Scot­land is demo­cratic

The Courier & Advertiser (Dundee Edition) - - COMMENT -

Sir, - I worry about the so­ci­ety we live in if some of your read­ers ac­tu­ally be­lieve what they are say­ing is true.

Take your cor­re­spon­dent Jill Steven­son of Ed­in­burgh for ex­am­ple. She calls the Scot­tish Gov­ern­ment a dic­ta­tor­ship.

Does she have any un­der­stand­ing as to what a dic­ta­tor­ship ac­tu­ally is, in com­par­i­son to one party, demo­crat­i­cally elected in pref­er­ence to the other five or more on the bal­lot paper?

She can­not seem to grasp the most ba­sic of dif­fer­ences.

China and North Korea where there are no free elec­tions are oneparty states.

Scot­land holds demo­cratic elec­tions ev­ery four or five years with mul­ti­ple par­ties and in­di­vid­ual can­di­dates stand­ing to rep­re­sent con­stituen­cies.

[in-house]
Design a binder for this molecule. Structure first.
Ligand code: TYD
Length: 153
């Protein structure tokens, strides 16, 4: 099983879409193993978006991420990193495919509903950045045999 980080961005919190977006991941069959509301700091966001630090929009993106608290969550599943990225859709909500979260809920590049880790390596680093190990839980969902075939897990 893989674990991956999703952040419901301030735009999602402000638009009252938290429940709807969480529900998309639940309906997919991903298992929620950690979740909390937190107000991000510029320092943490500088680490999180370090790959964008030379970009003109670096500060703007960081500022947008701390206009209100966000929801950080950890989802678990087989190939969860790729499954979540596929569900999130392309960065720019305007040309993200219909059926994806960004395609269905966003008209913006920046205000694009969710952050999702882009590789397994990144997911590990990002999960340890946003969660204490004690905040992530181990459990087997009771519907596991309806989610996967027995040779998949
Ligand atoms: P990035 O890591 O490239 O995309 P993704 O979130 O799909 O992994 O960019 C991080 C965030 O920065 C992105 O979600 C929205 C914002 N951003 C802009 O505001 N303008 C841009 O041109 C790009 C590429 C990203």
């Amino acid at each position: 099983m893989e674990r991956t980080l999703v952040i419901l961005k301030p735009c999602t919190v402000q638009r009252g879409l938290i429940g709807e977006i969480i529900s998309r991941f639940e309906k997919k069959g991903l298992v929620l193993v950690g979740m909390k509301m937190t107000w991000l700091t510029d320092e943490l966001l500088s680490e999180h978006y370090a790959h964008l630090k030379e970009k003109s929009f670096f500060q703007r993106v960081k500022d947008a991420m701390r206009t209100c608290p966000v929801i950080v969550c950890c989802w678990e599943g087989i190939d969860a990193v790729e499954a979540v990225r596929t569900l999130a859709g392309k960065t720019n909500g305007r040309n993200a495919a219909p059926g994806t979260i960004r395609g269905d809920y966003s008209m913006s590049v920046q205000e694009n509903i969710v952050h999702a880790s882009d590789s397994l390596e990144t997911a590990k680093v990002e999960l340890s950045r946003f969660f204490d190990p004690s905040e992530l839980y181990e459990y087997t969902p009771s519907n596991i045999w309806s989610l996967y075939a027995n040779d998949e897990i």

This is not a one-party state. Scot­land does not have power over many of the things that a dic­ta­to­rial or power-pre­serv­ing regime would re­quire.

For ex­am­ple, Scot­land does not con­trol the se­cu­rity ser­vices, for­eign pol­icy, pass­ports and im­mi­gra­tion, anti-ter­ror­ism laws, wel­fare and the usual stuff that re­ally en­sures the pop­u­la­tion is con­trolled. Rod Sel­bie. 45 Sil­ver Birch Drive, Bal­lumbie, Dundee.

Scot­land holds demo­cratic elec­tions ev­ery four or five years with mul­ti­ple par­ties and in­di­vid­ual can­di­dates stand­ing to rep­re­sent con­stituen­cies

North Korea leader Kim Jong Un

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